Kempt

world of men's style / fashion / grooming

An UrbanDaddy Publication

Juju Ivanyuk Just Wants to Dance

  • Kempt Staff

Street Style of Yore: Some menswear lessons to be learned from pre-WWII postcards depicting some surprisingly dapper fellows. [Permanent Style]

Far Beast: Club Monaco has finally opened its first men’s shop—but it’s in Hong Kong. Luckily, Hypebeast was on hand to report. [Hypebeast]

Hop to It: Grantland interviews Pulitzer Prize–winning author Junot Díaz the only way they know how: by barhopping. [Grantland]

And Now: A slideshow of famous authors in their skivvies (you can thank the Poles for this). [Melville House]

Dusting Off: The Postcard

Postcard

As connoisseurs of history, we sometimes find styles, habits and turns of phrase from the past that we wouldn’t mind bringing back to the present, Doc Brown-style. This time around, we’re dusting off the postcard.

Everyone needs a change of scenery from time to time.

And whether it’s a weekend road trip or a monthlong tour of Asia, we predict you’ll spend at least some portion of the next few months in unusual climes. It’s an opportunity for reflection, mind-broadening and—if you came prepared—a little nostalgia. We’re thinking of the postcard…and the kind that doesn’t come from a gift shop.

Allow us to elaborate...»

Crystal Renn is Still Waiting

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V Mag For Victory: Somehow, she doesn't seem like the patient type. [The Cut]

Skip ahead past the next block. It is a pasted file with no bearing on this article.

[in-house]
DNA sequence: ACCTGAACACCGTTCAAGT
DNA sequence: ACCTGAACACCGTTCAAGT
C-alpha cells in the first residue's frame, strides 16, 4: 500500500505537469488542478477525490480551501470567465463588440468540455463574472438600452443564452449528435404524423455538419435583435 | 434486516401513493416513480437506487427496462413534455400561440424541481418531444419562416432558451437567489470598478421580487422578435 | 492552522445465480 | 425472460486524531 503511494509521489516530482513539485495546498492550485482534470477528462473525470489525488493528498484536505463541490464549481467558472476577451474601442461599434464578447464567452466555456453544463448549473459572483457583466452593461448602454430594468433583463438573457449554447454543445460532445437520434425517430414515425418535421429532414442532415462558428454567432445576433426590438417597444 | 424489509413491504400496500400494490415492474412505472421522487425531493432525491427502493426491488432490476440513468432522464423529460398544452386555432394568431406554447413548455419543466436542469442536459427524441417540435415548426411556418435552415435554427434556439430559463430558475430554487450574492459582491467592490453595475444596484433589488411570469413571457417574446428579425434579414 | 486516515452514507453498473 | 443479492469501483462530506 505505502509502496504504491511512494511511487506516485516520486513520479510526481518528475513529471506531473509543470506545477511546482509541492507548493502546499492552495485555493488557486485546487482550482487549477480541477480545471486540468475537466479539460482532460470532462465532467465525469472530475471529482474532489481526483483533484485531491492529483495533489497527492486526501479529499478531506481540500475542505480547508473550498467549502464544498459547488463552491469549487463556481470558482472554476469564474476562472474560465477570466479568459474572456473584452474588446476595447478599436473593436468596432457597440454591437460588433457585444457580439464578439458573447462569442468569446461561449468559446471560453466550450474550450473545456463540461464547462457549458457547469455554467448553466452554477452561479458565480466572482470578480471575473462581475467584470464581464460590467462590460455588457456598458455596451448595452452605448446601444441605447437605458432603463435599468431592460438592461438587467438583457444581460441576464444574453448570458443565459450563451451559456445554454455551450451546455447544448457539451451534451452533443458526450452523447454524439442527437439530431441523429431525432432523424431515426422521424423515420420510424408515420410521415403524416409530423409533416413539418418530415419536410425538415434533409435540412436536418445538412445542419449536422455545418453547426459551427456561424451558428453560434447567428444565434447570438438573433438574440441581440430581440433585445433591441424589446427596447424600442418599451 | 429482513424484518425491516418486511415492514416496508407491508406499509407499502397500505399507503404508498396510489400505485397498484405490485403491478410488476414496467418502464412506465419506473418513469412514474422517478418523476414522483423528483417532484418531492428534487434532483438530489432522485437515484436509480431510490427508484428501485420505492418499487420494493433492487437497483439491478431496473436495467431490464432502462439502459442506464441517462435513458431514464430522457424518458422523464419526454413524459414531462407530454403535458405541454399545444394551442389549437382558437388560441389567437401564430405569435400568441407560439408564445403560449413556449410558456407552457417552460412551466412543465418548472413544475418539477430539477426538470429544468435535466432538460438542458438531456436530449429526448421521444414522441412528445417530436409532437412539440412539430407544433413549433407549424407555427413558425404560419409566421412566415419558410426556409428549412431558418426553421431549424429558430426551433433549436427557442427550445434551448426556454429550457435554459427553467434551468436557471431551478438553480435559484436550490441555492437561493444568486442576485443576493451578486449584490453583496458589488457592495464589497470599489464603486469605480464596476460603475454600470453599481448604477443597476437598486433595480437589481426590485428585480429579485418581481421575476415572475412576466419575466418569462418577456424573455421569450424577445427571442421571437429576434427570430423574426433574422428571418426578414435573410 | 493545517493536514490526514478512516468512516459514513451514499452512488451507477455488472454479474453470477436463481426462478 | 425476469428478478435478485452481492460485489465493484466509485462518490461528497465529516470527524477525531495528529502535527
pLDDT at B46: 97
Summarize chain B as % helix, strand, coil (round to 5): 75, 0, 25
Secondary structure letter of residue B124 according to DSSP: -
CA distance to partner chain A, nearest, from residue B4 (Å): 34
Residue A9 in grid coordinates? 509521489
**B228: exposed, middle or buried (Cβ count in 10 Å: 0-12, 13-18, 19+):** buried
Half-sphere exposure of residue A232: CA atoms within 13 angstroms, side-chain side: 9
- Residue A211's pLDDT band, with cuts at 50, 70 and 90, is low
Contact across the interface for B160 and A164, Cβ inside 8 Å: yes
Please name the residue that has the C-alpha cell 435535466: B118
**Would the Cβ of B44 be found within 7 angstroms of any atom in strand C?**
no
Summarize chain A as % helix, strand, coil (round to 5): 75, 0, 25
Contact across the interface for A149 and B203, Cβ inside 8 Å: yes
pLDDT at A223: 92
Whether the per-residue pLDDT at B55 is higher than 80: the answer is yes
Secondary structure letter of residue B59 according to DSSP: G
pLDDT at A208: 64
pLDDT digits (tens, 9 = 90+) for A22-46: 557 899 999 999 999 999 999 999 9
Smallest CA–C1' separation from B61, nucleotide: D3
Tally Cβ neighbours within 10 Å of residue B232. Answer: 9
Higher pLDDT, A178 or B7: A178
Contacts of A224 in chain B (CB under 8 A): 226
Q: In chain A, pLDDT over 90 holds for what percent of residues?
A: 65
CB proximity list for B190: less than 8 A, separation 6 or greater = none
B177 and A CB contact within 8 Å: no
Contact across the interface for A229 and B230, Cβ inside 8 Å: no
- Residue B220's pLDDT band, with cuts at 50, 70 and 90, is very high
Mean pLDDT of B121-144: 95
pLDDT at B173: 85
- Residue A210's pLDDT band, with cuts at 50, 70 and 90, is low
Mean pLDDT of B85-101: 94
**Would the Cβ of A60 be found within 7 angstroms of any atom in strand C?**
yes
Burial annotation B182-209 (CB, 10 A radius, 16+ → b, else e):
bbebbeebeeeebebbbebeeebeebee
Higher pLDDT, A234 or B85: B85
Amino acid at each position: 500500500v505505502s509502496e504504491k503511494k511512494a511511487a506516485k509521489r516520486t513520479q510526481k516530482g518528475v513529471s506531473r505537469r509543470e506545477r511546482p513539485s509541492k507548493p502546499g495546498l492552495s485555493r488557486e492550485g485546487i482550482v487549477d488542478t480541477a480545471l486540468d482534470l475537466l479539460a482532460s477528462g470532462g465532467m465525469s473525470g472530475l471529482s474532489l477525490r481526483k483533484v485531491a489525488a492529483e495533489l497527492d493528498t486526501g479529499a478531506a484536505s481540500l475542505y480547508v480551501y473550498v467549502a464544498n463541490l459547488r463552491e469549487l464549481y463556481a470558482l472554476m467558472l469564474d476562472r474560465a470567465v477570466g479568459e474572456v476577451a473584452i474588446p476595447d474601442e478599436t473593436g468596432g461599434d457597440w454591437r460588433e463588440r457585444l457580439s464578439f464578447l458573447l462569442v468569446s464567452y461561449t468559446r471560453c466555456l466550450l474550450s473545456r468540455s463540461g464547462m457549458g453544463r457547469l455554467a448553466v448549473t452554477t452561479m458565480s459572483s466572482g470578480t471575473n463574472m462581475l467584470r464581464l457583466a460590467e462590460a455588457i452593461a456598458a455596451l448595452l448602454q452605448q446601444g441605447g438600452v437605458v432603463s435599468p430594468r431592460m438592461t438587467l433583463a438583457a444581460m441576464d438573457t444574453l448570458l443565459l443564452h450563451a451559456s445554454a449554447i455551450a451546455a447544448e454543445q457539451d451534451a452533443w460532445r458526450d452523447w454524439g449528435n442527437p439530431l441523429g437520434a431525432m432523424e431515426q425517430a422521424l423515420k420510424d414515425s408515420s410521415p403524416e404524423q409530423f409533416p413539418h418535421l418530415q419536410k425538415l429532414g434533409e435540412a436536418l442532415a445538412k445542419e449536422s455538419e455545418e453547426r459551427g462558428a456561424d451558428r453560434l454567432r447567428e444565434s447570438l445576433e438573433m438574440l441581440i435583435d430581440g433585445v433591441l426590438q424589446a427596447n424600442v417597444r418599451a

Second Time’s the Charm: Street Etiquette drops their second awesome black history slideshow. And unlike the last few “most stylish” lists we’ve seen, we actually learned a few new names. Required reading. [GQ]

The Screamin’ Jays: Johnny Depp, Nick Cave, Chrissy Hynde and Mick Jones of the Clash get together for Haiti with a downright awesome cover of “I Put a Spell on You.” And just like that, we’ve got a new favorite charity single. [Vulture]

Take My Card: Our new favorite way to get postcards. [Lifehacker]

Don’t Forget to Write

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Now that everyone we know is instantaneously available, the postcard is getting pretty anachronistic. Luckily, it was never that useful to start with.

These cards embrace the retro vibe square on, borrowing the covers of classic 60s-era Penguin books. With a little cleverness, the former tourist staple becomes an ode to the tangible pleasures left behind in the digital age, whether it’s the dusty paperback, the hand-written missive, or the postal service. Now you just have to remember where you put those stamps…